One of A’s current favorite books (to the point where I had to hide it this morning because I couldn’t stand to read it again today*) is a reworking of Hush, Little Baby. In the author’s note, the author and illustrator explains that she never liked the materialism of promising a child diamonds, livestock, and other sundries and restructured the song to focus on the relationship between mother and child. I rather like this take, but the first sentence of the explanation gets to me every time. It says “As much as I love being an artist, my favorite and most important profession has been being a mother.”
Maybe I’ve spent too much time in the practice of law, but I’ve always thought of a profession as something you get paid to do. Mothering is a job, no doubt about it, and it’s definitely an undervalued one at that. I think you can even accurately describe it as a vocation for some. But a profession? Not so much. I’ve read this book to A at least twenty-five times over the last three nights, and wind up reading the author’s note to myself on every reading. (Gives me an extra thirty seconds to pause before starting to sing again.) Most important profession…most important profession. As I start on Hush, Little Baby again, I’m vaguely annoyed. Profession? Really?
I think my annoyance is exacerbated by the fact that certain women (read: white, partnered, affluent, and without a disability at present) are encouraged to talk about how much mothering is important to them, how it’s the greatest thing they’ve ever done in their whole lives, how nothing could be as important. There’s a language of self-sacrifice and a sense of what an honor and privilege it is to be sleep-deprived and uncertain of when your next shower will be. (See this great post by Mindy at Hoyden About Town for a dissection of that kind of rhetoric.) Even if you’re privileged enough to be taking care of a child in physical, financial, and emotional safety, taking care of a newborn is frequently exhausting. Every age going forward presents a whole new series of challenges.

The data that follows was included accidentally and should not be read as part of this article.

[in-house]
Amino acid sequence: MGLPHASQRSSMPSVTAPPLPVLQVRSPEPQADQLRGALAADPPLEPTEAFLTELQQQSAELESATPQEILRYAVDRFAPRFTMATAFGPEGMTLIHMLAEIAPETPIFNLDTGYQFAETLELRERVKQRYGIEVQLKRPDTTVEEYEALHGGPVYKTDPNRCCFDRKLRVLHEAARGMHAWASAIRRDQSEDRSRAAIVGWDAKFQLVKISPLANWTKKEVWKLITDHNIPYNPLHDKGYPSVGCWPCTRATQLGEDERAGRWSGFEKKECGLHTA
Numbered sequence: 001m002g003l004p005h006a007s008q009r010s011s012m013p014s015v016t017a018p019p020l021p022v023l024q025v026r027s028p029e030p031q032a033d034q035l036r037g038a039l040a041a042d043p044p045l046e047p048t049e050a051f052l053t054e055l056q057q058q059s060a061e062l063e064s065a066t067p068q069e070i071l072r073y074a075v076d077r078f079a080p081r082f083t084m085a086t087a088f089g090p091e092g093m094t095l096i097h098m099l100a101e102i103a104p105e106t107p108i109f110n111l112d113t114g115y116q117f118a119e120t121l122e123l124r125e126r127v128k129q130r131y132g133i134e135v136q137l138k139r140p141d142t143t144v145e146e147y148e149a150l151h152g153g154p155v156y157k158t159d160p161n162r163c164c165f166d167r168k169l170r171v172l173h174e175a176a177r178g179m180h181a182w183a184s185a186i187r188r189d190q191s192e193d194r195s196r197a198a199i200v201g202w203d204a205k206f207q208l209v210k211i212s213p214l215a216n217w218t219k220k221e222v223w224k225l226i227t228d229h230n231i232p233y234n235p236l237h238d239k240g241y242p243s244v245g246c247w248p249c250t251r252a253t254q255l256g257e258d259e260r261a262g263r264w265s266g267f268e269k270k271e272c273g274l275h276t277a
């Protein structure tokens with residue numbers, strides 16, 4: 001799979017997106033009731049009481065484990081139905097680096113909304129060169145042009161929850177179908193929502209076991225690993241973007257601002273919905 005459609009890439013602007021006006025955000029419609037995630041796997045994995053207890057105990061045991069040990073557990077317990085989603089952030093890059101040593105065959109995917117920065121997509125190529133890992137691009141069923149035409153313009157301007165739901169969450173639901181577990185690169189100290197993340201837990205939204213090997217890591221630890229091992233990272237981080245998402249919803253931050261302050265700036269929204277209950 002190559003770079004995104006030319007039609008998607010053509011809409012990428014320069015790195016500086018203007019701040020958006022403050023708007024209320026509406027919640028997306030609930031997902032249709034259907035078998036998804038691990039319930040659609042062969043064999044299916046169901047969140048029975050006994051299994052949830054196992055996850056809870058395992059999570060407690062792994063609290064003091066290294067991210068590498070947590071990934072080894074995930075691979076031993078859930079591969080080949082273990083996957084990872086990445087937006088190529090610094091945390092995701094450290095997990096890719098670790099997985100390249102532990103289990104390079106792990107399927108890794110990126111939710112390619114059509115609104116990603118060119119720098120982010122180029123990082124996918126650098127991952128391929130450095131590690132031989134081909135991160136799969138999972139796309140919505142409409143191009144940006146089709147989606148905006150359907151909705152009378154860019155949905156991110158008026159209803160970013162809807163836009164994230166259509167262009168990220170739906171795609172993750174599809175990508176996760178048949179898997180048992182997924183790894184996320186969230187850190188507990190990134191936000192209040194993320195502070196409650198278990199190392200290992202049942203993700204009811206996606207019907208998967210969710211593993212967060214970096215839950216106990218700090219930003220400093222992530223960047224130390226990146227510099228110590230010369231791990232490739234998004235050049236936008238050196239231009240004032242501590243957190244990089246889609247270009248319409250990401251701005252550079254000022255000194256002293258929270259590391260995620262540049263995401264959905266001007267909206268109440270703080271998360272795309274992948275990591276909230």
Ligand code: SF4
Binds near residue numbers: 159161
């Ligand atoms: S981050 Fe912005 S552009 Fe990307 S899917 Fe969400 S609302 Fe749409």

Motherhood is damn hard work, even before you get into the level of moral judgment that inevitably seems to accompany it. But it’s not a profession.
*An important lesson for new parents: never buy a book for your child that you’re unwilling to read at least 15 times in a row.
P.S. Googling for fatherhood and profession (a tangent I wound up not getting into here) led to some very interesting results, like this 1913 NY Times article on the need for a new profession of fatherhood, because, as the subtitle puts it: “Men Are Too Busy Nowadays to Make Home a Centre of Education and Recreation for Children as It Was When Fathers Took Their Duties More Seriously.”
- The Motherhood Discounting by Natasha August 26, 2010
- The nice pregnant lady’s guide to not offending polite society* by Natalia Antonova January 18, 2011
- Little Girls Are Natural Nurturers. by Flea May 21, 2007
- Diets all around! by evil fizz August 5, 2010
- Children will teach you about helplessness – and not only children by Natalia Antonova September 4, 2012